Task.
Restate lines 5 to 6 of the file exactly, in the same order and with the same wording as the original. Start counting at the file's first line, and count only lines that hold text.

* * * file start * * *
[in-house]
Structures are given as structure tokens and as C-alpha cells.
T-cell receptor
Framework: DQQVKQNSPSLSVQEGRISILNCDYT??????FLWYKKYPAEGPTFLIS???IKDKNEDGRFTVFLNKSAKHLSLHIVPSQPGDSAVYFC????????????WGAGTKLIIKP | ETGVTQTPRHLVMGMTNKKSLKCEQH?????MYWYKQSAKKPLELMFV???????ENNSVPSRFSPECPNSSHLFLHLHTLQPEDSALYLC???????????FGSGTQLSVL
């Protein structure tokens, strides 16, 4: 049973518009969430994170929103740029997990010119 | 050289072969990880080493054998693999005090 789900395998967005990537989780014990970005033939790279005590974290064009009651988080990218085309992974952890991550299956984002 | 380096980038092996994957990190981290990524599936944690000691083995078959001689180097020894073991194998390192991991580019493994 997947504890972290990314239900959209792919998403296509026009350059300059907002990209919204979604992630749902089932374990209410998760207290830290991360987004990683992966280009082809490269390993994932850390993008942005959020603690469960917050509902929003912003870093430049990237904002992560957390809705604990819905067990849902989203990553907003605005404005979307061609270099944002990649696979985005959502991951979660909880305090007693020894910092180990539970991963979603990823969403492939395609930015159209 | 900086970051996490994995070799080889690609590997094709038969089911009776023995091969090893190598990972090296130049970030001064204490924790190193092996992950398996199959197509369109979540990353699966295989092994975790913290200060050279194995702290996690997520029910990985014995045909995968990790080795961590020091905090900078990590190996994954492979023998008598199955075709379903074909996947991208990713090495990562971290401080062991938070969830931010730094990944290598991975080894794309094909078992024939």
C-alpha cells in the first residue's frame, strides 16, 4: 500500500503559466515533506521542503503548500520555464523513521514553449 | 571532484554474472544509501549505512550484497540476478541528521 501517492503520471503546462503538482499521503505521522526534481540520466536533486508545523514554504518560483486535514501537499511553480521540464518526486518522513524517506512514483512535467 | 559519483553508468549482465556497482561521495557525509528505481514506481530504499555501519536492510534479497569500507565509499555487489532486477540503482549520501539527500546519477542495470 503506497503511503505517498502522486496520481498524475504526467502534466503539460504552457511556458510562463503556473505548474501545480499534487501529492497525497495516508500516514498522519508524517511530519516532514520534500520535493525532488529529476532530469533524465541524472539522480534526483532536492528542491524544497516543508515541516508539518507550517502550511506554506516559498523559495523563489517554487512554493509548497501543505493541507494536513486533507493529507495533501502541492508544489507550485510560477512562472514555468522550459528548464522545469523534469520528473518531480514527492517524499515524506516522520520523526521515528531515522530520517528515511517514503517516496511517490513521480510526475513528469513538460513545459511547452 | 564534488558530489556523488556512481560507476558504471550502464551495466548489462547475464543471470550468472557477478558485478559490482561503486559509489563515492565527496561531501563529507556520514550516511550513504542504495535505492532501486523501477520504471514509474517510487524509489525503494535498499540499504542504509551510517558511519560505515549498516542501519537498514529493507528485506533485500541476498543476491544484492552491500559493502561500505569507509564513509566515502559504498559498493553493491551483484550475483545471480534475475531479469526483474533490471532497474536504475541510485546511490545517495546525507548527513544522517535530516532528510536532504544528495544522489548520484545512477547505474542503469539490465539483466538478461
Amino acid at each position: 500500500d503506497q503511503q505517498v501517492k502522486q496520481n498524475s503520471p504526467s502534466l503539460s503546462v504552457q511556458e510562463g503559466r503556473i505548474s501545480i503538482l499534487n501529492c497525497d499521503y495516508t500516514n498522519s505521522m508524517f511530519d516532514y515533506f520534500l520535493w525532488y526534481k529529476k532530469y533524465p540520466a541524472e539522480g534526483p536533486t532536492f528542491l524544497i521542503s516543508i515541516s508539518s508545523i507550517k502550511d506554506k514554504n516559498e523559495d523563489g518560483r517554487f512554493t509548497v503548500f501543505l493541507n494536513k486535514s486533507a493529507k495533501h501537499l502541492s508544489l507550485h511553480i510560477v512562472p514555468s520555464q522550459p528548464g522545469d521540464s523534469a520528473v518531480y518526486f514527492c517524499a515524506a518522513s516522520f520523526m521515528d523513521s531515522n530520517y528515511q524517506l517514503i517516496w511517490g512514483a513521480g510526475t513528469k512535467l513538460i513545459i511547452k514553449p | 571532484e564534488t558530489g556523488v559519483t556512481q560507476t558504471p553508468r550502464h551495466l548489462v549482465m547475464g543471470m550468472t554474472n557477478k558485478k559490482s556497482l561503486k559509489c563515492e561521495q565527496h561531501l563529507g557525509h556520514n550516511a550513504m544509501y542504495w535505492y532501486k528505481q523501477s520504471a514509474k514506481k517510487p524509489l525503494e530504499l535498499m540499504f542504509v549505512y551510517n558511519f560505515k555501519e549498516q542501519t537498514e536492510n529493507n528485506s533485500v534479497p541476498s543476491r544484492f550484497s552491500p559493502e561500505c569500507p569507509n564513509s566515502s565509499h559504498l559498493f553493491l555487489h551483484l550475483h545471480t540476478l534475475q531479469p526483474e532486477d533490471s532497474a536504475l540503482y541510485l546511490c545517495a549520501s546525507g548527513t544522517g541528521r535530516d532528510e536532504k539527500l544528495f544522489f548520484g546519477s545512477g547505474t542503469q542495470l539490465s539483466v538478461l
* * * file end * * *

């Protein structure tokens, strides 16, 4: 049973518009969430994170929103740029997990010119 | 050289072969990880080493054998693999005090 789900395998967005990537989780014990970005033939790279005590974290064009009651988080990218085309992974952890991550299956984002 | 380096980038092996994957990190981290990524599936944690000691083995078959001689180097020894073991194998390192991991580019493994 997947504890972290990314239900959209792919998403296509026009350059300059907002990209919204979604992630749902089932374990209410998760207290830290991360987004990683992966280009082809490269390993994932850390993008942005959020603690469960917050509902929003912003870093430049990237904002992560957390809705604990819905067990849902989203990553907003605005404005979307061609270099944002990649696979985005959502991951979660909880305090007693020894910092180990539970991963979603990823969403492939395609930015159209 | 900086970051996490994995070799080889690609590997094709038969089911009776023995091969090893190598990972090296130049970030001064204490924790190193092996992950398996199959197509369109979540990353699966295989092994975790913290200060050279194995702290996690997520029910990985014995045909995968990790080795961590020091905090900078990590190996994954492979023998008598199955075709379903074909996947991208990713090495990562971290401080062991938070969830931010730094990944290598991975080894794309094909078992024939």
C-alpha cells in the first residue's frame, strides 16, 4: 500500500503559466515533506521542503503548500520555464523513521514553449 | 571532484554474472544509501549505512550484497540476478541528521 501517492503520471503546462503538482499521503505521522526534481540520466536533486508545523514554504518560483486535514501537499511553480521540464518526486518522513524517506512514483512535467 | 559519483553508468549482465556497482561521495557525509528505481514506481530504499555501519536492510534479497569500507565509499555487489532486477540503482549520501539527500546519477542495470 503506497503511503505517498502522486496520481498524475504526467502534466503539460504552457511556458510562463503556473505548474501545480499534487501529492497525497495516508500516514498522519508524517511530519516532514520534500520535493525532488529529476532530469533524465541524472539522480534526483532536492528542491524544497516543508515541516508539518507550517502550511506554506516559498523559495523563489517554487512554493509548497501543505493541507494536513486533507493529507495533501502541492508544489507550485510560477512562472514555468522550459528548464522545469523534469520528473518531480514527492517524499515524506516522520520523526521515528531515522530520517528515511517514503517516496511517490513521480510526475513528469513538460513545459511547452 | 564534488558530489556523488556512481560507476558504471550502464551495466548489462547475464543471470550468472557477478558485478559490482561503486559509489563515492565527496561531501563529507556520514550516511550513504542504495535505492532501486523501477520504471514509474517510487524509489525503494535498499540499504542504509551510517558511519560505515549498516542501519537498514529493507528485506533485500541476498543476491544484492552491500559493502561500505569507509564513509566515502559504498559498493553493491551483484550475483545471480534475475531479469526483474533490471532497474536504475541510485546511490545517495546525507548527513544522517535530516532528510536532504544528495544522489548520484545512477547505474542503469539490465539483466538478461